For ideas for more spring events, visit:

November 23

Each week, our campus correspondents are out and about taking photos and collecting stories for Campus Corner. Read their articles and highlights below! Browse photos on Flickr.

Please note that Campus Corner will be on hiatus next week, but we’ll be back on Dec. 7!

Women’s Basketball Team Looks Forward to Season

By: Megan Castaldi

As 2015-16 Landmark Conference Champions, The University of Scranton’s Women’s Basketball team has high hopes for their upcoming season.

To kick off the 2016-17 season, the Lady Royals came out victorious over Mount Union with a score of 70-36 at the Chuck Resler Invitational.

Captain Sarah Payonk is a senior. “We had a great start out of the Rochester tournament 2-0. We have a lot of room for improvement as a team and hope to continue to improve and grow as a team,” she said.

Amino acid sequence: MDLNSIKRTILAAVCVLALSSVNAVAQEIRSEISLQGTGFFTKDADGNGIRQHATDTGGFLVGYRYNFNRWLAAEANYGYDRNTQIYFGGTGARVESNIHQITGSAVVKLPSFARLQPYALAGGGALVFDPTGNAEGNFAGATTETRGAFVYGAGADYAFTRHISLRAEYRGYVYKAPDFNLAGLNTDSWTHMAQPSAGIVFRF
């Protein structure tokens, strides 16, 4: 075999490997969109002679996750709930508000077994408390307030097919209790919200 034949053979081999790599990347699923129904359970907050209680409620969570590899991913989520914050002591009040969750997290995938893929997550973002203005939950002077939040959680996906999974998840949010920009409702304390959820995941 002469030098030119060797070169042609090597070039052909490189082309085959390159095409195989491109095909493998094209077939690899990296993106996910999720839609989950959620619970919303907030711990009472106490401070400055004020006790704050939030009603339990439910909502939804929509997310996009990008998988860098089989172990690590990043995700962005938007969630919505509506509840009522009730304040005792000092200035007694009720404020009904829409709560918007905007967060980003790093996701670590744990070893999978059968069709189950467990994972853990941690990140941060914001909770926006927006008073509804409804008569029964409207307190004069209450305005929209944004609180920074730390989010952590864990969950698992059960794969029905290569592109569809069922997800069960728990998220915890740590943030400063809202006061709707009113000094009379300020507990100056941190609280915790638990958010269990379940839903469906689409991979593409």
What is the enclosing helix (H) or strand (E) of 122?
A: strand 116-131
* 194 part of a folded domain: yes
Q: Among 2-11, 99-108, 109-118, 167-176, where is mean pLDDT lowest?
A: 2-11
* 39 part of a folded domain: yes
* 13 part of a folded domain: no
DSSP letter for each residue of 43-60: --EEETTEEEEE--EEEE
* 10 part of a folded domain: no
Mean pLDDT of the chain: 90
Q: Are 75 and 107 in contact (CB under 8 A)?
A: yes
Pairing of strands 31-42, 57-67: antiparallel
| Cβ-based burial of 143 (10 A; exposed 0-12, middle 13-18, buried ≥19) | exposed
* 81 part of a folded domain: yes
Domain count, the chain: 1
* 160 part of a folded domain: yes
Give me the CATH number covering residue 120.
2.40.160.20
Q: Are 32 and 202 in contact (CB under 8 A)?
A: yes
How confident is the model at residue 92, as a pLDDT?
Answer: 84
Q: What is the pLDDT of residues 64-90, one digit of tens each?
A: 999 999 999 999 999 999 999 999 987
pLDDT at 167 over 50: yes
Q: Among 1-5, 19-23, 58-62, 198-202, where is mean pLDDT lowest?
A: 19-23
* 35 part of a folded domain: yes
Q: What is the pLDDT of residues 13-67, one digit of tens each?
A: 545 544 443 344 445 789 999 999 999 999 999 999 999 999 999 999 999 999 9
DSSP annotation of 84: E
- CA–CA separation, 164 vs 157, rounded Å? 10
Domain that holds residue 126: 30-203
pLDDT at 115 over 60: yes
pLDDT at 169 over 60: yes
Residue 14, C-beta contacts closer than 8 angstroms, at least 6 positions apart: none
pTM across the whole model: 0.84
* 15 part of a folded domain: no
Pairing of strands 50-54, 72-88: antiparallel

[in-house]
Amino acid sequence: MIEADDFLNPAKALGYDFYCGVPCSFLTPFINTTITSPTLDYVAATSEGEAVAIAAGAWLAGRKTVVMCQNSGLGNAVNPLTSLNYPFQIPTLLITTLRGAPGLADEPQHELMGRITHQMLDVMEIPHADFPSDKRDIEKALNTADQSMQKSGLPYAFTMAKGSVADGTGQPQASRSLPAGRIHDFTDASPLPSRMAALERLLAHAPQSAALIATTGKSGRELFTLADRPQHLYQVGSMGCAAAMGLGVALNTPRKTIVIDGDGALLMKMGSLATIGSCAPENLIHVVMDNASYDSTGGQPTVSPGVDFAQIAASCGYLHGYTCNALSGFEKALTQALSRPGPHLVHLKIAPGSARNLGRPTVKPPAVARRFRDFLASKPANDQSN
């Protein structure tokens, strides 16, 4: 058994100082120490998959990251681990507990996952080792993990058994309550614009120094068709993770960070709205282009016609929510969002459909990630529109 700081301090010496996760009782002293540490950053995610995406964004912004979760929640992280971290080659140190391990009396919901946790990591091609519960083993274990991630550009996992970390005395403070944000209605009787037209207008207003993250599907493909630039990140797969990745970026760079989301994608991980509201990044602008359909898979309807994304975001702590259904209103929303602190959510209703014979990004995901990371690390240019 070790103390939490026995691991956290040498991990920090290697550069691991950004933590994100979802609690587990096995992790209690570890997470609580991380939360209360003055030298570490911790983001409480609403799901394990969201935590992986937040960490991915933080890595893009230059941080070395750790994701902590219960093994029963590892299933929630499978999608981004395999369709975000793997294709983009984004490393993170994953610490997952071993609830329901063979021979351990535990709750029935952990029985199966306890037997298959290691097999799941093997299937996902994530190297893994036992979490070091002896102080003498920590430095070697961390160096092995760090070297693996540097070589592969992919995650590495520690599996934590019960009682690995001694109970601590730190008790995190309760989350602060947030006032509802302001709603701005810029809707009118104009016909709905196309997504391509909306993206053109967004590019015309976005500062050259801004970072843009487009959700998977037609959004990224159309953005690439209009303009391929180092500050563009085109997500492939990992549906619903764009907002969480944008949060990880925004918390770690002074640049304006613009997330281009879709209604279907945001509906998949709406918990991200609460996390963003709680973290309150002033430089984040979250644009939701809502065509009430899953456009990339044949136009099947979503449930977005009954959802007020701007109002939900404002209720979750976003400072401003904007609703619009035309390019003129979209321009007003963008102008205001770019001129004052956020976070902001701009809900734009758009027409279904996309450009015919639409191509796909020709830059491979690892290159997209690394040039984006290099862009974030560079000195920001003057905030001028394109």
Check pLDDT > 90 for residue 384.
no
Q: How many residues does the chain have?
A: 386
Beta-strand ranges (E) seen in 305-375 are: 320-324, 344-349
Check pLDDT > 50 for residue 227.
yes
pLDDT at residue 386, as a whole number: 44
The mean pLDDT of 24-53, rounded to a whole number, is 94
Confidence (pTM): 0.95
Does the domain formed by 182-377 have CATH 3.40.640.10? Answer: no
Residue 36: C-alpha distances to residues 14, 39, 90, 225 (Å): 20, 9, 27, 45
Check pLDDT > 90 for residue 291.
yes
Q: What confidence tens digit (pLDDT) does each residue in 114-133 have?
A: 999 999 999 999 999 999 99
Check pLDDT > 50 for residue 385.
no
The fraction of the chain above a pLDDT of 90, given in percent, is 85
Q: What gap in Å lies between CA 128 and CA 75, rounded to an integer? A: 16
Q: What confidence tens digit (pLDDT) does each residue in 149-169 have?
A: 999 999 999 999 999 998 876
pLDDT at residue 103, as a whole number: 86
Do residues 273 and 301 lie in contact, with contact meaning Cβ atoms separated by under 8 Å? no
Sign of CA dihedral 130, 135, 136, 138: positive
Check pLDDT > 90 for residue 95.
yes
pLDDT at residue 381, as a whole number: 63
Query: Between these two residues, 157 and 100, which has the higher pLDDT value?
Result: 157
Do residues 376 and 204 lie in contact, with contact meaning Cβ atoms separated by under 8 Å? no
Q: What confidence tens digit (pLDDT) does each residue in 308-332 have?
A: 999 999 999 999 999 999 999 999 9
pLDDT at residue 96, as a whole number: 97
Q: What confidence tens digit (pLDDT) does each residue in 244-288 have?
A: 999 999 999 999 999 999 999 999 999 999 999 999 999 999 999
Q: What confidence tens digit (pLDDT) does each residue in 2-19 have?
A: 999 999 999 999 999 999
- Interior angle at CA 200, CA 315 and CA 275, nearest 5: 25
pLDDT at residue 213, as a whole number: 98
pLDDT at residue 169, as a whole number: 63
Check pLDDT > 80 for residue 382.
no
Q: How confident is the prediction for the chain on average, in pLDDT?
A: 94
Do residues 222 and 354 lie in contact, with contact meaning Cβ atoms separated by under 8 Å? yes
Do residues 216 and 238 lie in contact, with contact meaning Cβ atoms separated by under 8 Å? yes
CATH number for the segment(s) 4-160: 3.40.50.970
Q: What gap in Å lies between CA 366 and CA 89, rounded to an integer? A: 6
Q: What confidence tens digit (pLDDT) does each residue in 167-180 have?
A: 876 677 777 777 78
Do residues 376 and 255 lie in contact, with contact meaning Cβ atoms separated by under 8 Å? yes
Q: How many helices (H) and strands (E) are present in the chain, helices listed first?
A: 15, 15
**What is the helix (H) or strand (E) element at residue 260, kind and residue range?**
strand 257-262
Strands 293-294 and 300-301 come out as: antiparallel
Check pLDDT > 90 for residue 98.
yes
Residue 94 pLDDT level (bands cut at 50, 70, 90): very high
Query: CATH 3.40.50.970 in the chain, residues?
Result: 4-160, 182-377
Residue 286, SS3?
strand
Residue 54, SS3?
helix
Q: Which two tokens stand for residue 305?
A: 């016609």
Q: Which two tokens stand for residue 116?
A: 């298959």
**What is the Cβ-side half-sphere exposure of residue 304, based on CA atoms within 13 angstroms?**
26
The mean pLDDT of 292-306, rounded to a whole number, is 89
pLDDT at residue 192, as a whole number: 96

Even though a couple of valuable players graduated, the team still looks to have a successful season.

“We have a good mix of young and old this year,” said Payonk. “We have some very talented freshmen stepping into major roles on the team, and have some incredible, well-accoladed players back. I think that we’re still building chemistry with this team but have a lot of potential this season.”

The team was pleased after the Landmark Conference released its 2016 Women’s Basketball Preseason Poll foreseeing the Lady Royals winning the Conference Championship again.

“Our team goals are to win our conference and to hopefully win a national championship,” said Payonk.